2019 Annual Uehiro Lectures

Registration is now open for our 2019 Annual Uehiro Lectures - all are welcome to attend these public lectures.  Please book your place here

Series title: Can We Talk?  Communicating Moral Concern in an Era of Polarized Politics

In many democracies around the world, people are divided over facts, not only over values.  Lies, propaganda, and fake news have hijacked political discourse on polarizing issues, distracting the electorate from constructive engagement of the problems we face, from climate change to mass immigration.  This series of Uehiro Lectures offers a diagnosis of this problem and suggests how we can reconstruct the ways we talk to one another across partisan and social identities, so that democratic institutions are better able to devise sound solutions to the problems we face together.

Elizabeth Anderson is Arthur F. Thurnau Professor and John Dewey Distinguished University Professor of Philosophy and Women’s Studies at the University of Michigan, Ann Arbor.  She earned her B.A. from Swarthmore College in 1981 and her Ph.D. in Philosophy from Harvard University in 1987.  She joined the Philosophy Department at University of Michigan in 1987.  Professor Anderson designed University of Michigan’s Philosophy, Politics, and Economics program, and was its founding director for two years.  She has won fellowships from the ACLS and Guggenheim Foundations, was elected to the American Academy of Arts and Sciences, and served as President of the Central Division of the American Philosophical Association.  She is the author of Value in Ethics and Economics (Harvard UP, 1993), The Imperative of Integration (Princeton UP, 2010), Private Government (How Employers Rule our Lives, and Why We Don’t Talk About It) (Princeton UP, 2017) and numerous, widely reprinted articles in journals of philosophy, law, and economics.  She specializes in moral and political philosophy, social and feminist epistemology, and the philosophy of the social sciences.  She has written extensively on egalitarianism, the interaction of facts and values in social science research, the intersection of democratic theory and social epistemology, and pragmatism. 

These public lectures will take place over three consecutive evenings at the University of Oxford Examination Schools (East School), at 3.00 - 5.00 pm as follows:

Monday 14 October (jointly organised with the Moral Philosophy Seminars)

Lecture 1: What Has Gone Wrong?  Populist politics and the mobilization of fear and resentment.

Abstract: I diagnose the deterioration of public discourse regarding basic facts to the rise of populist politics, which is powered by the activation of identity-based fear and resentment of other groups.  Populist politics "hears" the factual claims of other groups as insults to the groups it mobilizes, and thereby replaces factual inquiry with modes of discourse, such as denial, derision, and slander, designed to defend populist groups against criticism and whip up hostility toward rival groups.  Nonpopulist groups, in turn, add fuel to the fire by blaming and shaming those who seem stubbornly and ignorantly attached to false claims in defiance of evidence.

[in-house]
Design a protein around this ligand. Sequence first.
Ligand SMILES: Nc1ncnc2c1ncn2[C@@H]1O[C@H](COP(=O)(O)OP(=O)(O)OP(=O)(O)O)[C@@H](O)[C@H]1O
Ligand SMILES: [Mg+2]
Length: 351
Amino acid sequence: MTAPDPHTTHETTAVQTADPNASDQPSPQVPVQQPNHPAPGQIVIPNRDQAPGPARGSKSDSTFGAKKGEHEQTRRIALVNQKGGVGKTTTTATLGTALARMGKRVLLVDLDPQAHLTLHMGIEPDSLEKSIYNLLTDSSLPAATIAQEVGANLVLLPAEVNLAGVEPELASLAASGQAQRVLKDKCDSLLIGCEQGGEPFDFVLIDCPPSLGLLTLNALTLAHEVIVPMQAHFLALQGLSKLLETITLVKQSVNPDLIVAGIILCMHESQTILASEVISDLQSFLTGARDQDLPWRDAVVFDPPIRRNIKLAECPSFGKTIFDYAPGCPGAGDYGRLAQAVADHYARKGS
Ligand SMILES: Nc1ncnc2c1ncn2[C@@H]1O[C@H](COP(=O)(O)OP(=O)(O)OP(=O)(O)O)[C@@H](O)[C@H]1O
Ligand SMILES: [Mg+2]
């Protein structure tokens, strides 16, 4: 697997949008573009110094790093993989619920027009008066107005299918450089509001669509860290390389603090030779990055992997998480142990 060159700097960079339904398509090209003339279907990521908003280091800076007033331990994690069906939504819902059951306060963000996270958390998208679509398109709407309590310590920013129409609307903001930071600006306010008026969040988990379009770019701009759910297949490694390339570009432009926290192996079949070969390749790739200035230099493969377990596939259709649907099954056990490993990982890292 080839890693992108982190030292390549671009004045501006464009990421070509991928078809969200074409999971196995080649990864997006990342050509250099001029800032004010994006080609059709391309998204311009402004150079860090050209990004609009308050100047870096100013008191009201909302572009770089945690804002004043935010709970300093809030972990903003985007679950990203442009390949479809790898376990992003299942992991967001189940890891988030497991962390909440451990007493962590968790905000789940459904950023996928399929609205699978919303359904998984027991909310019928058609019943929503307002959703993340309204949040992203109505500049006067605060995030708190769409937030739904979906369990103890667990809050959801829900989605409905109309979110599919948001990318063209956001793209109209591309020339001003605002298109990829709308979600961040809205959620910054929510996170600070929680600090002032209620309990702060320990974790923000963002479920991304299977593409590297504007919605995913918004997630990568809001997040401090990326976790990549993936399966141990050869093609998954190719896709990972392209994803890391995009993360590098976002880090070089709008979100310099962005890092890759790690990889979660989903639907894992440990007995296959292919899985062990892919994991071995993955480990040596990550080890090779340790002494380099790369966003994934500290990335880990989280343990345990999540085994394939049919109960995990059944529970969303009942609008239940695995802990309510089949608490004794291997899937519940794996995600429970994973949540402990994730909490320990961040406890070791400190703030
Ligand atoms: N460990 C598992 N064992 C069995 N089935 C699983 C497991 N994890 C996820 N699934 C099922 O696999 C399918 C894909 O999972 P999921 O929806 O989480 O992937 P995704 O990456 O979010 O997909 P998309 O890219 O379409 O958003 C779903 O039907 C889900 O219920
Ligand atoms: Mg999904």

Booking required: https://bookwhen.com/uehiro#focus=ev-siuo-20191014150000


Tuesday 15 October

Lecture 2: Improving Political Discourse (1): Re-learning how to talk about facts across group identities.

Abstract: I argue that citizen science and local deliberation within internally diverse micro-publics offer models of how political discourse can be re-oriented toward accuracy-oriented factual claims relevant to constructive policy solutions.  Enabling such discourse requires that citizens observe norms against insults and other identity-based competitive discourse, and in favor of serious listening across identities.

Booking required: https://bookwhen.com/uehiro#focus=ev-sj2r-20191015150000


Wednesday 16 October

Lecture 3: Improving Political Discourse (2): Communicating moral concern beyond blaming and shaming

Abstract: People often resist facts because accepting facts exposes them to shame and blame.  Yet, when the point of raising facts is to orient others to moral concerns, how can we communicate these concerns without resorting on blaming and shaming those who resist?  Without denying that sometimes we must resort to these practices, I suggest alternative ways in which testimony and empathy can be mobilized to communicate moral concern so that those who resist shame and blame can come to share such concern.

Booking required: https://bookwhen.com/uehiro#focus=ev-s27z-20191016150000

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